Principle of prudence
If a company incurs an expense, how does it record this transaction in the journal? On the one hand, it records the expense and, on the other hand, if it pays it, the corresponding decrease of money will be reflected on the credit side, and if it does not pay it, the corresponding debt will arise. Therefore, it can be deduced that expenses always arise on the debit side. In short, the accounting record of an expense will be:
On the other hand, if a revenue is produced, it will be necessary to record an increase in money or the origin of a collection right, which will be recorded, in any case, on the debit side. At the same time, the income arises on the credit side. The accounting will be:
Now then, in this matter it is extremely important to remember and dwell on some of the mandatory accounting principles listed in the PGC in its first part. Thus, the following are fundamental:
“The profit or loss for the year shall consist of the income for that period less the expenses incurred in obtaining the same, as well as the profits and losses not clearly related to the activity of the company”.
Principle of equity accounting
For example, if we sell to a customer who is going to manufacture chairs the wood he needs to manufacture it, ten kilos of wood, and he takes them to his company and uses them but we agree with him that the payment will be made in three installments, at 30, 60 and 90 days, the income for this sale, for us, is not when he makes those three payments but at the moment we deliver and invoice him the wood, that is to say, at the beginning. For him it will be the same, the expense of the purchase will be computed when he receives the timber and not when he pays for it.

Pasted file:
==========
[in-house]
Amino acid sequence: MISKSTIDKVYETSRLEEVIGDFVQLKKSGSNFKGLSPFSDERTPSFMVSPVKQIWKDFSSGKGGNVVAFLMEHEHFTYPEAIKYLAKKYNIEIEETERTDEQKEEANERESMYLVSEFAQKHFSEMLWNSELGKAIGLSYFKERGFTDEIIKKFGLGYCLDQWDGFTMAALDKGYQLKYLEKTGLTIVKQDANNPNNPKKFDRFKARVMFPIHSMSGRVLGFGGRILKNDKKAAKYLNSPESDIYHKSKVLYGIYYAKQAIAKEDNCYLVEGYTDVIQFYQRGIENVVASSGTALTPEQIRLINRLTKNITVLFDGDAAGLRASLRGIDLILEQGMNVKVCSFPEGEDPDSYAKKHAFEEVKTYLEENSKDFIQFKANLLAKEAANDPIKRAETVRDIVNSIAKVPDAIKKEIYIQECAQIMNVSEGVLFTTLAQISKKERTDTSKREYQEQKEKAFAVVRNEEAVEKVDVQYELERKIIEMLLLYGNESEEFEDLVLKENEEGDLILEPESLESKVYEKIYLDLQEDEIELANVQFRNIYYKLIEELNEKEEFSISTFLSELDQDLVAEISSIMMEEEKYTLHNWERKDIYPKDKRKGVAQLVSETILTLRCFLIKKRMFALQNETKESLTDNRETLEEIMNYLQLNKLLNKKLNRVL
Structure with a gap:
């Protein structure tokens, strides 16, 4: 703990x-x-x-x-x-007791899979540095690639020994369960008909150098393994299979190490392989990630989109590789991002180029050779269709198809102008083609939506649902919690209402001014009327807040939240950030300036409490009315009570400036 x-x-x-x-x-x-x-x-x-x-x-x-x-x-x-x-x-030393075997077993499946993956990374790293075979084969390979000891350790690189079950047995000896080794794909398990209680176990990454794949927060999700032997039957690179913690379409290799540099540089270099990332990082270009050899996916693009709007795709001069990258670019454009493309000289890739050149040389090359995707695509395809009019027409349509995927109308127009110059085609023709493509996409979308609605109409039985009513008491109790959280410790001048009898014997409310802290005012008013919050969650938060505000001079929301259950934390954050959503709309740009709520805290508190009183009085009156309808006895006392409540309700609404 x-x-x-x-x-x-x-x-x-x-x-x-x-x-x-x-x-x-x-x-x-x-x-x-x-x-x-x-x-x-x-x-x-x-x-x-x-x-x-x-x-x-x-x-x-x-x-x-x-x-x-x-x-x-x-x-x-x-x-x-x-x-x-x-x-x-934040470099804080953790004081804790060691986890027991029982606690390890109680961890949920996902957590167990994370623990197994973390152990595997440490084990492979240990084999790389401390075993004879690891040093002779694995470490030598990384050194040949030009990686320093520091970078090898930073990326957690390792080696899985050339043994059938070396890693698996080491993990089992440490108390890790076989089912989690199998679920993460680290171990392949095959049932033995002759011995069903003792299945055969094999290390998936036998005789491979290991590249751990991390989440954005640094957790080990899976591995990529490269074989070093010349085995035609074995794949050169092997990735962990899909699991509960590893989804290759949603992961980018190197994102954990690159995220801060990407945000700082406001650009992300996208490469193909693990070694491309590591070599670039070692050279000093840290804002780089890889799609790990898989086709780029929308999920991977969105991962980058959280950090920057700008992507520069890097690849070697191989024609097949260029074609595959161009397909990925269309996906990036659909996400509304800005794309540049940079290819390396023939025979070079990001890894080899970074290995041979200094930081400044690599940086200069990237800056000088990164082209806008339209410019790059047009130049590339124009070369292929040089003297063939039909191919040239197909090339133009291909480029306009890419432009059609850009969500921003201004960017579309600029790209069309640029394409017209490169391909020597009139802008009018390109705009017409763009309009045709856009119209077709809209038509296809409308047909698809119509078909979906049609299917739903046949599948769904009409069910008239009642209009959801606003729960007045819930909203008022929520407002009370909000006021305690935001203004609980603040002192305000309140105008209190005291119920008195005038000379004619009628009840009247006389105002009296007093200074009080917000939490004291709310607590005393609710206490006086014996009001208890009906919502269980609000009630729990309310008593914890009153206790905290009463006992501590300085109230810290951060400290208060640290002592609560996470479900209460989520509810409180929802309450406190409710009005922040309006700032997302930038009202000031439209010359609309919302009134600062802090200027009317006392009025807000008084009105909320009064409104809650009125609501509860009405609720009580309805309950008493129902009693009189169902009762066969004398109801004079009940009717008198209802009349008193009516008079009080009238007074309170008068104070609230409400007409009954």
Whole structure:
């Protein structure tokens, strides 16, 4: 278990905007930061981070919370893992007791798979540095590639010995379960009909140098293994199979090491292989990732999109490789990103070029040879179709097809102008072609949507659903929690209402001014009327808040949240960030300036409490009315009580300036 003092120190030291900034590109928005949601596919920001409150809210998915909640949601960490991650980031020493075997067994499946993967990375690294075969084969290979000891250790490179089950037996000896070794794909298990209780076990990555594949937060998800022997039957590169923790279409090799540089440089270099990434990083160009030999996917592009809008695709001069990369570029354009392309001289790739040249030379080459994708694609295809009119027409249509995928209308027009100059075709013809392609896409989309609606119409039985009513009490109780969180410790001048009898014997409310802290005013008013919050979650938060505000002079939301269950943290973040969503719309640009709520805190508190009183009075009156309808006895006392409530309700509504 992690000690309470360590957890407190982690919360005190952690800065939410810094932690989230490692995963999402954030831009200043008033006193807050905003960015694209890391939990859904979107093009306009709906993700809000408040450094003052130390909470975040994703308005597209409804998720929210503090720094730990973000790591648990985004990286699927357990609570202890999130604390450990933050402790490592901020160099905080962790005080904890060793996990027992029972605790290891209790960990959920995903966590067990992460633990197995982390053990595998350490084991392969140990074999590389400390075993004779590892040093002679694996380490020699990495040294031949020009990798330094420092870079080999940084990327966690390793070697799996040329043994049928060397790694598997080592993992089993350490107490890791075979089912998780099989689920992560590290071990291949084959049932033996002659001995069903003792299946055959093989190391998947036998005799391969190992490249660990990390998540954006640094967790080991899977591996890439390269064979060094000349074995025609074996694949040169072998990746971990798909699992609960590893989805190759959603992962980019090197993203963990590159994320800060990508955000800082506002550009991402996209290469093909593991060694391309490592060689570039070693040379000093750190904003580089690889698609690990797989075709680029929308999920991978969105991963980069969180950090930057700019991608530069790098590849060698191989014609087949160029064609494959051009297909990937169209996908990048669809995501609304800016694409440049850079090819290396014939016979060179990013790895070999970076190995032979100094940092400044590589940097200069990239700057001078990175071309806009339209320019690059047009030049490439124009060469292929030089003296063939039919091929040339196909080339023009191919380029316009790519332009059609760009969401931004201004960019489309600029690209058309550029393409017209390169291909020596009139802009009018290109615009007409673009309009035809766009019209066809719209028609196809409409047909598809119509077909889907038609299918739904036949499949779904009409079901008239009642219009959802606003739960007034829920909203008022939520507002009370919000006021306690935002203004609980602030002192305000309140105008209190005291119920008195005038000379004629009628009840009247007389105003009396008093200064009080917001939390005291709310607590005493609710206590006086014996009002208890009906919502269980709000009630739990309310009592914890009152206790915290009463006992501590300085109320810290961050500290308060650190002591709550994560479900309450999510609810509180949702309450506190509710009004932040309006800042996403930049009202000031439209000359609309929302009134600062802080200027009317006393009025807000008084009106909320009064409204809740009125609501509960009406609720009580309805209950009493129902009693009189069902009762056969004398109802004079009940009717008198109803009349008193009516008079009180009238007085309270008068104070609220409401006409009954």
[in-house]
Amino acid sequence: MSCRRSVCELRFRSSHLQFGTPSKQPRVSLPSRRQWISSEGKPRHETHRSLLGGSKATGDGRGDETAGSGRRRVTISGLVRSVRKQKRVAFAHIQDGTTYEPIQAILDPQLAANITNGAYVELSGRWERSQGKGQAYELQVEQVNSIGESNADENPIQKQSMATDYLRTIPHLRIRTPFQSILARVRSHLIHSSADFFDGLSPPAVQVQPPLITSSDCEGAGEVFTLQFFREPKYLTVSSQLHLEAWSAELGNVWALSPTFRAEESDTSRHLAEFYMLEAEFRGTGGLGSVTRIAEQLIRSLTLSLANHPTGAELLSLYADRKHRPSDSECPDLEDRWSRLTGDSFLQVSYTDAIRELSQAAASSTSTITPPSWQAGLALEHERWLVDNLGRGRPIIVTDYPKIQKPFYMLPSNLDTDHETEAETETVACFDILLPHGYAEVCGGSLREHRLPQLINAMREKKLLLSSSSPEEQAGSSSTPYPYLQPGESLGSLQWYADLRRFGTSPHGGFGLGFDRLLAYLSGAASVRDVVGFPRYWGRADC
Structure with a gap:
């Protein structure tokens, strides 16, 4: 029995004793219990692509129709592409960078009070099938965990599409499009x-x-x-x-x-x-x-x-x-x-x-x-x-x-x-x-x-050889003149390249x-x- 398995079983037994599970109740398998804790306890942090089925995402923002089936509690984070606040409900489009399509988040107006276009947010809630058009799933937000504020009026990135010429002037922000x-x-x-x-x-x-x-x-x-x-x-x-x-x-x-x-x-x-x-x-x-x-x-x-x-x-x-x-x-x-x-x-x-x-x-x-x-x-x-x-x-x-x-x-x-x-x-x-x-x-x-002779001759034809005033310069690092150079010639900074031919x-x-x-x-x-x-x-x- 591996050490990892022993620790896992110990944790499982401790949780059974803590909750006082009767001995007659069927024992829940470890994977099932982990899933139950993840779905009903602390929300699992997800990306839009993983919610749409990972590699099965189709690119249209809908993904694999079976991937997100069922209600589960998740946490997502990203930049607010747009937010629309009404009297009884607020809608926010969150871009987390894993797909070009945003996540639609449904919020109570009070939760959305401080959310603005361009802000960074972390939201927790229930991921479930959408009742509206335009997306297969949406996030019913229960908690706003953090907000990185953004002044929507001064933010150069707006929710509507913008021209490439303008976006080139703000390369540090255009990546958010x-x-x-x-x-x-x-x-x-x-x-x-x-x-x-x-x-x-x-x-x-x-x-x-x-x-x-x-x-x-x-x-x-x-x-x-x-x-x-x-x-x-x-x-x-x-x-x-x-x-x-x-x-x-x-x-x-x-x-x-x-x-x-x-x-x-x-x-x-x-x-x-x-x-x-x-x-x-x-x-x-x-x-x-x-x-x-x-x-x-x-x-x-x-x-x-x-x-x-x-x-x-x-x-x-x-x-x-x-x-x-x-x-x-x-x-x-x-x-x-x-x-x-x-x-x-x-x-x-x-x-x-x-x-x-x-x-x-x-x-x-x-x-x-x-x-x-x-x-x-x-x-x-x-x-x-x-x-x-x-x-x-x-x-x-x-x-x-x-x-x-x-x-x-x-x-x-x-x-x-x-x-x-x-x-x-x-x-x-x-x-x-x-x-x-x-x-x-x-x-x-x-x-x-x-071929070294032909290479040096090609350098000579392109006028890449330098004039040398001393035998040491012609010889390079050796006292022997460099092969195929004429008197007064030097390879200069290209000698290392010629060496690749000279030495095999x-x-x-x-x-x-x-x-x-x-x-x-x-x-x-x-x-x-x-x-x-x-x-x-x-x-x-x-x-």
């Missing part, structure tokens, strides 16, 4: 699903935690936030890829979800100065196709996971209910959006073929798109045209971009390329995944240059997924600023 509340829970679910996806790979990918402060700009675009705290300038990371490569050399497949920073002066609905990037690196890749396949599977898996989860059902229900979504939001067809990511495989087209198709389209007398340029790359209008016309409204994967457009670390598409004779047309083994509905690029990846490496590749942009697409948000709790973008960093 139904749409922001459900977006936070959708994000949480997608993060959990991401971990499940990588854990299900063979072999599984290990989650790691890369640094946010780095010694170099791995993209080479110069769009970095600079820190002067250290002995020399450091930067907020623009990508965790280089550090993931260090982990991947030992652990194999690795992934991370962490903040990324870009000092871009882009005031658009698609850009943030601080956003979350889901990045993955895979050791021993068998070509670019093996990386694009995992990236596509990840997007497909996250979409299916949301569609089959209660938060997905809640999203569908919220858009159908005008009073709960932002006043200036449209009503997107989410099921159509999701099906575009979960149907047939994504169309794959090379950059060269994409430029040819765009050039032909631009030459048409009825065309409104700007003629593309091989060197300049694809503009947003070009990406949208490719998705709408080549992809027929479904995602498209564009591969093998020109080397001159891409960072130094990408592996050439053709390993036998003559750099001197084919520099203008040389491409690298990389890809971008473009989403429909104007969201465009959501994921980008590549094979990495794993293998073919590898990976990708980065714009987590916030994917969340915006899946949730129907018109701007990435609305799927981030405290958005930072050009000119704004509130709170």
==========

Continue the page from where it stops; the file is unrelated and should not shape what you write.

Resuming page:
But in some contracts it is not so simple: there are transaction contracts which, containing certain clauses, make it very difficult to determine precisely when the actual flow of goods and services takes place.
To solve this difficulty our General Accounting Plan (RD 1514/2007, of November 16, hereinafter PGC) describes in detail and for each case the requirements that every transaction must meet in order to have to account for the corresponding income or expense, and it does so in a concrete and casuistic manner, which achieves much greater legal certainty.
Eric L. Kohler in his book “Accountant’s Dictionary” defines Accounting Principles as “A body of doctrine associated with accounting that serves as an explanation of current or ongoing activities and as a guide in the selection of conventions or procedures”.
GAAP (Generally Accepted Accounting Principles) are a set of general rules and standards that serve as accounting guidelines to formulate criteria for the measurement of equity and the reporting of the assets and economic elements of an entity. GAAP are parameters for the preparation of financial statements based on uniform methods of accounting technique.
Fairness between conflicting interests must be a constant concern in accounting, since those who make use of or use accounting data may find themselves faced with conflicting interests. It follows that financial statements must be prepared in such a way as to reflect, fairly, the various interests at stake in a given enterprise.
Accrual basis IFRS
The accrual basis is an accounting rule that establishes that transactions or economic events are recorded when they occur, regardless of the date of payment or collection.
The objective of the accrual principle is that the annual accounts of a company clearly reflect the equity, financial position and economic results achieved by the company in that period, allocating expenses and income to the period to which the annual accounts refer and affect the same, regardless of the time of their collection or payment.
In the case of subsidies, it should be noted that when a subsidy is granted, the monetary collection of the subsidy takes place, but its allocation to the income statement should not be made until the subsidy is definitive: when the requirements established in the grant of the subsidy are fulfilled.